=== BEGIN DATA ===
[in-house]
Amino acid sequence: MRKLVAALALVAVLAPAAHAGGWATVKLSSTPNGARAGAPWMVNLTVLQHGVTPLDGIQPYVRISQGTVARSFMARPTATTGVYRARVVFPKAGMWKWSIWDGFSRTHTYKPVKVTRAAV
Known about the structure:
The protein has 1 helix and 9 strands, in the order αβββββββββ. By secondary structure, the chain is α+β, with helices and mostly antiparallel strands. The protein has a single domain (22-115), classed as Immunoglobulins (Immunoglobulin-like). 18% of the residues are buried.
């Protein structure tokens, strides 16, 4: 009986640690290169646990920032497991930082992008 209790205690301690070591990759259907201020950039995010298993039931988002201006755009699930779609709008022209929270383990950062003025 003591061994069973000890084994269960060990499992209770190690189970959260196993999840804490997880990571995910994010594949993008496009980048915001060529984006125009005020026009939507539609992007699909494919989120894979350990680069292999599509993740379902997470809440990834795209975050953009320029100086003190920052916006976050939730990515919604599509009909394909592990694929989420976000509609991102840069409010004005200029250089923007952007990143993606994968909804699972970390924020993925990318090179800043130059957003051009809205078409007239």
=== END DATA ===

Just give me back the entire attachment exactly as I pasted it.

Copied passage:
[in-house]
Amino acid sequence: MRKLVAALALVAVLAPAAHAGGWATVKLSSTPNGARAGAPWMVNLTVLQHGVTPLDGIQPYVRISQGTVARSFMARPTATTGVYRARVVFPKAGMWKWSIWDGFSRTHTYKPVKVTRAAV
Known about the structure:
The protein has 1 helix and 9 strands, in the order αβββββββββ. By secondary structure, the chain is α+β, with helices and mostly antiparallel strands. The protein has a single domain (22-115), classed as Immunoglobulins (Immunoglobulin-like). 18% of the residues are buried.
């Protein structure tokens, strides 16, 4: 009986640690290169646990920032497991930082992008 209790205690301690070591990759259907201020950039995010298993039931988002201006755009699930779609709008022209929270383990950062003025 003591061994069973000890084994269960060990499992209770190690189970959260196993999840804490997880990571995910994010594949993008496009980048915001060529984006125009005020026009939507539609992007699909494919989120894979350990680069292999599509993740379902997470809440990834795209975050953009320029100086003190920052916006976050939730990515919604599509009909394909592990694929989420976000509609991102840069409010004005200029250089923007952007990143993606994968909804699972970390924020993925990318090179800043130059957003051009809205078409007239």